Joyce Mccown, Unsplash

I’m reading a book called the Gift of Injury right now, by Stuart McGill and Brian Carroll. Dr McGill is arguably one of the best back doctors in the world and Brian is one of the physically strongest men in the world. In 2013, Brian developed a serious back injury that crippled him in daily life. One morning he was in such despair he found himself in a parking lot, holding a handgun, contemplating taking his life.

Brian put the gun away, thankfully, and through a friend found his way to Dr McGill in Canada (where all great things are these days, apparently). The hero’s journey then evolves — a broken man is healed and able to compete again at the highest level. What struck a chord for me is how the turning point was when Brian stopped pretending to be strong, stopped fighting his body every inch of the way, and instead chose to learn.

Only then could he recover and in fact progress to the next level of competition.

There is a Brian Carroll in all of us. In the change work TJA does with organizations, the leaders we encounter are stubborn, hard-working and ambitious. You need those qualities to step into responsibility in the first place, and to push on in the face of difficulty. But what happens when you hit a plateau? What happens when what you’ve been doing doesn’t work any more? Or worse, what happens when what you’re doing gets you injured — physically, emotionally or politically?

Getting to the next level of performance for you, your team, or your organization almost always requires a deep learning curve. Sometimes — think of Tiger Woods remaking his golf swing — that learning curve means going back to basics and relearning everything you thought you knew. And that is so damn hard, for many reasons. But you emerge stronger.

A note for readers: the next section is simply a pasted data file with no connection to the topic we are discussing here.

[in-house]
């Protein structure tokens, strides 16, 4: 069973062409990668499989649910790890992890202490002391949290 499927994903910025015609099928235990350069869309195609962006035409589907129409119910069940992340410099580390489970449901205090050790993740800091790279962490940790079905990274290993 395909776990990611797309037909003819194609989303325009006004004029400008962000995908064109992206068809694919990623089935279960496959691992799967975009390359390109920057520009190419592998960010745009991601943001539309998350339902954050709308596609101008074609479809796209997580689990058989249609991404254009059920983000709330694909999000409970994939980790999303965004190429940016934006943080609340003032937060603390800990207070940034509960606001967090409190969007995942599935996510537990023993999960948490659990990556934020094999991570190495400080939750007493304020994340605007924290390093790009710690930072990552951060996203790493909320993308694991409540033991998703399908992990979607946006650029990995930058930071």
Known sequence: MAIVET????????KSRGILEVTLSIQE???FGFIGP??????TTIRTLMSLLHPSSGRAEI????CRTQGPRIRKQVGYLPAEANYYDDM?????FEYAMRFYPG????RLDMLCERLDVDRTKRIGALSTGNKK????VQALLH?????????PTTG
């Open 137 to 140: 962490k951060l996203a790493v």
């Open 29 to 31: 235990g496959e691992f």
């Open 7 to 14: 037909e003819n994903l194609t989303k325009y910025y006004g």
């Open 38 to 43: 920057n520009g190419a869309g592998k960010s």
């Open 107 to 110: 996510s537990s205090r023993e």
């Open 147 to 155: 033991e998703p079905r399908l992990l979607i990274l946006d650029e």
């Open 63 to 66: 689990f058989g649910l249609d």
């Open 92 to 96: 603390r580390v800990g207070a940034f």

Two leaders we encountered last year were a study in contrasts. One — we’ll call him John — had the confidence and doggedness of a winning endurance athlete. He was hired into the President role at an organization that needed to be turned around. It was a big new role for him, with a new team. Early on, he seemed already overwhelmed. To his credit, he asked for input from lots of sources. But it always seemed that the input slid superficially over him — it would influence his very next move as a leader (often in a way that was confusing for the team), but at no point did he get curious about what he needed to change in his own behavior.

Any problems always seemed to be outside of him, and as things got worse, like Brian, he just dug even deeper into his resolve and stamina, burning the candle at both ends and getting involved in day to day decisions with over 15 direct reports. The tell-tale was the lack of any introspection. It was always about what was wrong with the company or the team, and he would soldier on.

After a year of poor performance he was let go.